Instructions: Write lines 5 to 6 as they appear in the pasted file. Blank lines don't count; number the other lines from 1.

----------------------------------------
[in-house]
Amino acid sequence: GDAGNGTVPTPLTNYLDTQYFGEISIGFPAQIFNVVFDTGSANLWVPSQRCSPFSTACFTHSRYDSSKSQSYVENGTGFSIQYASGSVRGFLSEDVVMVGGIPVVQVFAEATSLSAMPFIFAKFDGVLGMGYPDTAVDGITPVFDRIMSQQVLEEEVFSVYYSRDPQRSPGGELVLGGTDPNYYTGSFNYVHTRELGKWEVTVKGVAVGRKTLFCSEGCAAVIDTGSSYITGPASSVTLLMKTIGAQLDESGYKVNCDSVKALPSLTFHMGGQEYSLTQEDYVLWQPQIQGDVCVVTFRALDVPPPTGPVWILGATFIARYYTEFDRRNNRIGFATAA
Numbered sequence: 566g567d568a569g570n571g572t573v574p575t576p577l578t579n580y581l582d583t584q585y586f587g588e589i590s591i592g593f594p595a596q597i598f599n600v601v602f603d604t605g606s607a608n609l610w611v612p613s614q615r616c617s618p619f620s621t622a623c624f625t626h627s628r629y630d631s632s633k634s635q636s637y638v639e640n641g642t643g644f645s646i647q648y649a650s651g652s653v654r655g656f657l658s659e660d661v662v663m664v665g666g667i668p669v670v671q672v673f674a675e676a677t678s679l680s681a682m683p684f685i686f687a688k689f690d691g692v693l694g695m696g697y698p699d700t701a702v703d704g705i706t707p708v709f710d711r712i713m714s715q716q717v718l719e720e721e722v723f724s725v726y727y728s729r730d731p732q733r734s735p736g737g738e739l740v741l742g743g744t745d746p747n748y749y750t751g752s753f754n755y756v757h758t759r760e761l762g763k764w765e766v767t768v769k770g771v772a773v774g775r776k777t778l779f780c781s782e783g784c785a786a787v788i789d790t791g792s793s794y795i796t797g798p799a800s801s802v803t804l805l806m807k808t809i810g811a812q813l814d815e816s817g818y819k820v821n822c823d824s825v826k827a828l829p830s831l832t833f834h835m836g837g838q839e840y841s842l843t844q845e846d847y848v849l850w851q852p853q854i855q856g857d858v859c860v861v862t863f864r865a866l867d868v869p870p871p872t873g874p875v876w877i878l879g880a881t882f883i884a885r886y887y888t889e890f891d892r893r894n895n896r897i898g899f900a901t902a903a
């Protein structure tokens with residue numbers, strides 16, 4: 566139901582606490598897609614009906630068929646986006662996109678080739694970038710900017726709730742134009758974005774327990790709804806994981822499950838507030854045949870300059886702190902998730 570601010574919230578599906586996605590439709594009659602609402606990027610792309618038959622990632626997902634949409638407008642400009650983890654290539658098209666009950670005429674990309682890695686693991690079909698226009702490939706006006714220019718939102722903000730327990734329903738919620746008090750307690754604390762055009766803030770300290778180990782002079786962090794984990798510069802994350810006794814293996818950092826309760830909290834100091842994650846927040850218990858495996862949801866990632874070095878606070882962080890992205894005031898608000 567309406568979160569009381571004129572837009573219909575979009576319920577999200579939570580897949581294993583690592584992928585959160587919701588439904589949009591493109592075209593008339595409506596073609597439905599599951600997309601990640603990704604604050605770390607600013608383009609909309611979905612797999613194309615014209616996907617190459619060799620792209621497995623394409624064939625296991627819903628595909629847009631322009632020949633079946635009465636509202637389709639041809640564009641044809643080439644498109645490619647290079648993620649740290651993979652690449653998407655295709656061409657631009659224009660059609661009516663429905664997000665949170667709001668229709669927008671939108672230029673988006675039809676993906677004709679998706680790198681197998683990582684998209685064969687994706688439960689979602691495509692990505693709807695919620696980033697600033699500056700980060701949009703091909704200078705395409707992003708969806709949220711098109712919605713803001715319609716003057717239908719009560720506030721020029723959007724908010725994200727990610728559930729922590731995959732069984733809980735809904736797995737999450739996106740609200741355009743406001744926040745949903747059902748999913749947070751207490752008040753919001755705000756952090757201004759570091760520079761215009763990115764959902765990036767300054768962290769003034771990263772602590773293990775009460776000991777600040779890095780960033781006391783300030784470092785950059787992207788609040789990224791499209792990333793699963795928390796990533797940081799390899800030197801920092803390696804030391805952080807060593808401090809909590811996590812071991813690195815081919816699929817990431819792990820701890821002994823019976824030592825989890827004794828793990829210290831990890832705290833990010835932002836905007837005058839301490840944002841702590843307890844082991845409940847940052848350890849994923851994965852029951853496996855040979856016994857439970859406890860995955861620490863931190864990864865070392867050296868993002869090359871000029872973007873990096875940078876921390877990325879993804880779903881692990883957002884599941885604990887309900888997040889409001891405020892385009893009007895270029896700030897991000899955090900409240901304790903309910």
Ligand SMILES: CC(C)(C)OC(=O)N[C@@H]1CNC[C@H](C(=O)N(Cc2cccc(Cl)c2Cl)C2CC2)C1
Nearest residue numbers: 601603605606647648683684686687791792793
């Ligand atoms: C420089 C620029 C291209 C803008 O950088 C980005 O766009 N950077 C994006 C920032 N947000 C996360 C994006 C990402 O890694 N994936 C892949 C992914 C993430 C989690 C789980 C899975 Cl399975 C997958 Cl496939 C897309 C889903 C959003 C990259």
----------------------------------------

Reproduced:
Ligand SMILES: CC(C)(C)OC(=O)N[C@@H]1CNC[C@H](C(=O)N(Cc2cccc(Cl)c2Cl)C2CC2)C1
Nearest residue numbers: 601603605606647648683684686687791792793